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Sunday, December 21, 2014

How Egypt Jump Started Civilization

Around 10,000 BC human beings around Egypt (known to the people of "Egypt" as "Kemet", the word "Egypt" coms from "Aegyptos") were the first to ever map the stars. The location of this "Map" is known as Nabta Playa.
Around the Time of Nabta Playa it was not actually Egypt that was doing things, it was Nubia. There was a Kingdom known as the Kerma Kingdom, it is at LEAST 9,500 years old and is deeper in Africa than Egypt is. They had lived in this area for tens of thousands of years, but at this time there were buried dwellings, graves and tools.

No one is absolutely sure how the first people to map the stars did it, but it has recently been discovered that Dung Beetles (AKA: The Ancient Egyptian Scarab, AKA: Khepri) use the stars, the sun and the moon to navigate. As well as used dung balls to roll around on (even rolling off small cliffs for fun), which probably taught humans how to make wheels.
In Ancient Egypt the Scarab Beetle was known as "Khepri" AKA: The Keeper. And this was an important icon to the Kemetic people. They saw the Beetle as a symbol for human growth. It starts as an egg, becomes a larva, then a Beetle. At which point it uses materials from other animals to care for its young and repeat the cycle. Basically representing the potential of the Children. They also believed it pushed the sun across the sky, so tracking it gives you hours. In ancient Egypt different hours were associated with different Gods.
Basically, they viewed the Dung Beetle like modern people view butterflies. But they had a deeper relationship to it.
Something that a lot of people don't know about the Ancient Egyptians is that they were really REALLY in to math. They used Fractions for pretty much everything.
Here is the Eye of Wadjet, which represents all kinds of Fractions.
A lot of people don't even realize this, but they had games in Ancient Egypt. One of the main people who fist documented Egyptian artifacts was named Flinders Petrie, and one of his jobs was figuring out exactly how the games worked. He also had to identify things like weights that were used on scales. They had certain weights that they would know the weight of, then they would weigh it against Gold or Silver or whatever they were getting paid.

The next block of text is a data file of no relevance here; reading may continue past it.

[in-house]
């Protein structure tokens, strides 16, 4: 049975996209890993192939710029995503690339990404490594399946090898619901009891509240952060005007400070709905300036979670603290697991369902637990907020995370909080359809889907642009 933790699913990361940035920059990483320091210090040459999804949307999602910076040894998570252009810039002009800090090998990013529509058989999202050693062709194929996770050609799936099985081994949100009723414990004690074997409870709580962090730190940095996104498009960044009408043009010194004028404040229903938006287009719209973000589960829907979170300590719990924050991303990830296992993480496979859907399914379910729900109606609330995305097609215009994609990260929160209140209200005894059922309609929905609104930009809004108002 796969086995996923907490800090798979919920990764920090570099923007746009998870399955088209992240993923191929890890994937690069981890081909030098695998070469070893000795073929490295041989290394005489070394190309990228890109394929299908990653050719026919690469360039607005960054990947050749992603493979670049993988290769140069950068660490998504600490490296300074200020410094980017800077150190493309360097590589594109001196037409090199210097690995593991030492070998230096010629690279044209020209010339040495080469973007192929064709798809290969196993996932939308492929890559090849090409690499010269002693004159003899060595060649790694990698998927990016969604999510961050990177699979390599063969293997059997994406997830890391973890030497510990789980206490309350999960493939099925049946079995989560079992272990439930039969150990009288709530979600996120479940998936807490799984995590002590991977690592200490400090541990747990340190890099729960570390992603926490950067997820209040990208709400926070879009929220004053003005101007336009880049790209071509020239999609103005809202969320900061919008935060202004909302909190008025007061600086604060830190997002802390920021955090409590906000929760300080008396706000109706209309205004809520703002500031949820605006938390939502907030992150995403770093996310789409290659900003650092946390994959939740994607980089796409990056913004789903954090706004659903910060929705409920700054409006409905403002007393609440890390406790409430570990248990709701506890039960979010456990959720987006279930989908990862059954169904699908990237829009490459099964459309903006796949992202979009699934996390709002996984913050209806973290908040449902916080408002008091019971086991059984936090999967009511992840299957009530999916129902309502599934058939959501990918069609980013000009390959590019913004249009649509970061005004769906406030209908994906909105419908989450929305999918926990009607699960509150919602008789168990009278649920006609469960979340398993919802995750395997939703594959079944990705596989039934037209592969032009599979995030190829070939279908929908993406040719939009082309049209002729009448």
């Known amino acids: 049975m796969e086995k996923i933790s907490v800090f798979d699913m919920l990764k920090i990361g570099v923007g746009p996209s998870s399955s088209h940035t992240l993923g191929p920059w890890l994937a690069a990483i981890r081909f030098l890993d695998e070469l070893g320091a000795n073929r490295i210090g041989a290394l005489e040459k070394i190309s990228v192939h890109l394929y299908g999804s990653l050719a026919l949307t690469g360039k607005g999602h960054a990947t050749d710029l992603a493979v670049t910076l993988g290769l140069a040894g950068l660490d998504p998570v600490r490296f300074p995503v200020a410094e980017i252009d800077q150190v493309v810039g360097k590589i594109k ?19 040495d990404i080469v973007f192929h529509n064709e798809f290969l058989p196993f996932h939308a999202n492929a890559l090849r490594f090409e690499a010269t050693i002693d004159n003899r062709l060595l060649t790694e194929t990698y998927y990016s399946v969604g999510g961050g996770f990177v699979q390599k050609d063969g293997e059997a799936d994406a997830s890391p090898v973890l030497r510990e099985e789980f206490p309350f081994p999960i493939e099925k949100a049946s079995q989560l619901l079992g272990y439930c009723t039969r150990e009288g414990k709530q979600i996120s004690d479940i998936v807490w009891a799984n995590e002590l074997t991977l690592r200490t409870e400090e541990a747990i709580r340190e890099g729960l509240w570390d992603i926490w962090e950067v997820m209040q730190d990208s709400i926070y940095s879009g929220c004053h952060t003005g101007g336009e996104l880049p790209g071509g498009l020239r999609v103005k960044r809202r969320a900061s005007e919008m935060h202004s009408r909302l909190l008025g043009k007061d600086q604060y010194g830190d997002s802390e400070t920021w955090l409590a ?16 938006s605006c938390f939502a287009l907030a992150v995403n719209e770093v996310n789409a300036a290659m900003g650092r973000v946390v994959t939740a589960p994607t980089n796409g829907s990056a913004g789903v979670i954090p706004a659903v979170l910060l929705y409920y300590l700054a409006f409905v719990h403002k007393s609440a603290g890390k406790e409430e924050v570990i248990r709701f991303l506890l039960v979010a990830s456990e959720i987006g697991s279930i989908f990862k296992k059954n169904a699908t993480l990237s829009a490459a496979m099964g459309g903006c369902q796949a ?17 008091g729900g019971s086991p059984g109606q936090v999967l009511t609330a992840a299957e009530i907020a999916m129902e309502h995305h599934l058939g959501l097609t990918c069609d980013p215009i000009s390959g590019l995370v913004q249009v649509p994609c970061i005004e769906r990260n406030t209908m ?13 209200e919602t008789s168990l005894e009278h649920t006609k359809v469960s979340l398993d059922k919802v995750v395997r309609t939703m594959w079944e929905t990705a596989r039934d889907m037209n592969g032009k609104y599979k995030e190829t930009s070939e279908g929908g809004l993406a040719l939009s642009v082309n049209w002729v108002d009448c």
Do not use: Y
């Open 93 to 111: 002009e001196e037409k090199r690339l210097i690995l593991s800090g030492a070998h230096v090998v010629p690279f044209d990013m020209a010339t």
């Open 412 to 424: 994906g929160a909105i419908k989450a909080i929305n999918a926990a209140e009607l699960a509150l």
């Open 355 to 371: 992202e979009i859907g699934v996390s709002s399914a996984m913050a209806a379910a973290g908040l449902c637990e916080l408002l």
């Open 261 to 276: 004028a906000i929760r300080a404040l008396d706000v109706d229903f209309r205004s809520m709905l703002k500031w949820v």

The Egyptians learned Math from the Dung Beetle. They called him "Khepri" and worshiped him like a God. Dung Beetles use the Sun and the Stars and the Moon to Navigate, and watching the Dung Beetle draw in the sand is how the Egyptians first mapped the Sky. The Egyptians also pretended that there was a Beetle pushing the Sun through the Sky, this can be seen in the Solar Boat Imagery. The Solar Boat has the Planets and the Sun, and the Beetle, which shows how they saw that the Planets and the Sun were moving, while the stars were not. The Beetle was also similar to how modern people think of Butterflies. The Dung Beetle lays eggs in the Dung Ball, then they hatch and become Larva, then they grow in to beetles. This helped the Egyptians realize that people changes, and civilizations change, and no matter how hard you try, some things will always happen the same way.
A well known Measuring device in ancient Egypt was the Nileometer. This would flood when the Nile rose, allowing them to measure the exact volume of extra water.
Another example is the Sun Temples. Before we had Calendars, you would mark Holidays by creating a Structure that pointed to a spot in the sky. And when the Sun got to that spot, you would know it was that Holiday.
The Goddess of Measuring and Record Keeping is Sheshat. She was an important Goddess to the Rope workers (possibly hemp growers), and Ropes were pretty much the most important measuring device in Egypt when it came to building things.

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